How do New York Times journalists use technology in their jobs and in their personal lives? Jennifer Valentino-DeVries, an investigative reporter, discussed the tech she’s using.

What are your most important tech tools for doing investigations, and how do they fit into your reporting process?

People seem to think that investigative reporting involves secret techniques. But it is actually not that mysterious. The big “secret” is that I get time to do these stories — so I can sift through thousands of records, or contact dozens of people before finding one who will talk with me.

One of my favorite tools for investigations is an updated version of an old-school newsroom feature: the New York Times tip line. (Please take this as a hint to send me your tips.)

People who want to share evidence of wrongdoing can always mail us an actual letter, but now they also have the option of contacting us through SecureDrop, which is an encrypted submission system that uses anonymity software. After almost every article I have written, I have received useful tips about ways to extend that reporting.

I write a lot about technology companies. To investigate them, I rely not only on help from sources but also on tests of the technology itself.

Tech executives tend to stay on message and provide canned responses about how their company is committed to protecting user privacy. But if I can see, for example, that their website’s code directs user location data to dozens of advertising firms’ servers, I can raise deeper questions about what is really happening. I often use products like Google Chrome’s Developer Tools to learn more about what is going on under the hood.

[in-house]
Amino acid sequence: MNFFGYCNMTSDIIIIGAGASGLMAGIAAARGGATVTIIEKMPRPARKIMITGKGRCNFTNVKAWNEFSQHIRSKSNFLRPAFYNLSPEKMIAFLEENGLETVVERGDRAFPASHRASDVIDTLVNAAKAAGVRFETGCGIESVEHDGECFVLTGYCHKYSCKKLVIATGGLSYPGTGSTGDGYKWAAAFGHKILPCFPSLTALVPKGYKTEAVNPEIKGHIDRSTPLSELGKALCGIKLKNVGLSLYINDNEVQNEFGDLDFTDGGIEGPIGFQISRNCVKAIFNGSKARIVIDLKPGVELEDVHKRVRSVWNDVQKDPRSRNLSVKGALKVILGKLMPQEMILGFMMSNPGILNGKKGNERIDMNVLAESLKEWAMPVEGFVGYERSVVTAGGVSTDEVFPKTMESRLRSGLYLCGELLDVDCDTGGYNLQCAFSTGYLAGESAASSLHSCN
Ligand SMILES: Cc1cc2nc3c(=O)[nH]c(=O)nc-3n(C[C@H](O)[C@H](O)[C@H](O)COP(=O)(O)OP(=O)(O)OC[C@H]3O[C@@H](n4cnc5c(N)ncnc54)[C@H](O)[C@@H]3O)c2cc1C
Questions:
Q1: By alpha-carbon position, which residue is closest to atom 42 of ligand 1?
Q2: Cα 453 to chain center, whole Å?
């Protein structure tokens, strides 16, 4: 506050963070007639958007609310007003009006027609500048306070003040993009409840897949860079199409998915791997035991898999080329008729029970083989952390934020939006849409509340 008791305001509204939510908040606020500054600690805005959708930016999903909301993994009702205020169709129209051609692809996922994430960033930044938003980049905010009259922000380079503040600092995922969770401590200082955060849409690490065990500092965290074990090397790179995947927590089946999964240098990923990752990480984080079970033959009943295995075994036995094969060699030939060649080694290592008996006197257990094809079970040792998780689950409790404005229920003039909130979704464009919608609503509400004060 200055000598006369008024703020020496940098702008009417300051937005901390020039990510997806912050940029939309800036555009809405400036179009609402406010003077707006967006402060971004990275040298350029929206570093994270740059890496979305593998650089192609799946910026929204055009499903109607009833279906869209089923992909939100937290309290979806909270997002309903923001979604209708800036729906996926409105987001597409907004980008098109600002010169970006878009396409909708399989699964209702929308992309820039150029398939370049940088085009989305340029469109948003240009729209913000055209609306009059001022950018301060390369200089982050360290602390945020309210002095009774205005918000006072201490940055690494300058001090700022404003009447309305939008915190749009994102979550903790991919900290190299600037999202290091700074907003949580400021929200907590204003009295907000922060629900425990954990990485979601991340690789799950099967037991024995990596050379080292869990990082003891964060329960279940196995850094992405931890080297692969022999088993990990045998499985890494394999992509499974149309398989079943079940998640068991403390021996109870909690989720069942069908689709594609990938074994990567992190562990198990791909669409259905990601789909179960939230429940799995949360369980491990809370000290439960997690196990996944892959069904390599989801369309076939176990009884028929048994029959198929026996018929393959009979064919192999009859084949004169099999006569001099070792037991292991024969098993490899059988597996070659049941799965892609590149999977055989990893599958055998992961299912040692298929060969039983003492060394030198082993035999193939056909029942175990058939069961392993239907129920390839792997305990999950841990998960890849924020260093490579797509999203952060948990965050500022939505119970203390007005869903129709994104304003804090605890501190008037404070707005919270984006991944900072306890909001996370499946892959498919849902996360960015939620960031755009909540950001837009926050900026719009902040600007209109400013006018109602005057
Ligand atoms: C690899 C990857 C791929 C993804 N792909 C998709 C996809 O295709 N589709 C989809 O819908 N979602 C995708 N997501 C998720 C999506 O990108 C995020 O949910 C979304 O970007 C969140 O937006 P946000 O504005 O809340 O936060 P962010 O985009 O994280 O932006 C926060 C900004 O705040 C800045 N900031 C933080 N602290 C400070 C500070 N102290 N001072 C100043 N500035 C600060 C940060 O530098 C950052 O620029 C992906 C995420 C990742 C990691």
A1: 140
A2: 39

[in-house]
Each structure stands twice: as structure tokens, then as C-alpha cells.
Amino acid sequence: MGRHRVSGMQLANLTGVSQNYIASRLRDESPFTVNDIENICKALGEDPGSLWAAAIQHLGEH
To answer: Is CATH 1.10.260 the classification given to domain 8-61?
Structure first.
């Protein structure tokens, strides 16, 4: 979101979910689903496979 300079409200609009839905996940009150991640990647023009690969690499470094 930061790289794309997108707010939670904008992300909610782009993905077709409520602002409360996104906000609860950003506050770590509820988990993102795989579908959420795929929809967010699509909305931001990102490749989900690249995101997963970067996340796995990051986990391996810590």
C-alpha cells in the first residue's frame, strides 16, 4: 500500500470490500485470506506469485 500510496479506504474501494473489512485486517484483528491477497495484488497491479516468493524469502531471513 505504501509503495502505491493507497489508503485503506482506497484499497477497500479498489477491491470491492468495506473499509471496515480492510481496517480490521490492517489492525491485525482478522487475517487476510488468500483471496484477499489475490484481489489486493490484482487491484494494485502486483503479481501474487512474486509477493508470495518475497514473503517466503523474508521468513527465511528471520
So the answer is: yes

I am fortunate to work with journalists who are adept with more complex code as well. For example, we recently analyzed data sent by mobile apps. Those apps sometimes make it hard to see the information they’re sending, so my colleagues Michael Keller and Aaron Krolik used tools more commonly employed by computer security researchers to help reveal it.

You’ve specifically written a great deal about privacy. How has your reporting on privacy issues changed the way you use technology for work and for play?

I don’t think it is realistic to expect people to abandon technology over privacy concerns. I’m on Facebook and Twitter. I use Google and Slack. Technology is an inextricable part of our society and the business world.

That said, there are two products I would use if not for the nagging questions I have about data collection: DNA testing and in-home voice assistants. I would love to get pretty charts about my ancestry. I would love to ask Alexa or Google to tell me the weather forecast so I don’t have to look at a screen in the morning. But I just can’t bring myself to do it, because the data involved — my genetic information and recordings of what I say at home — is just too sensitive.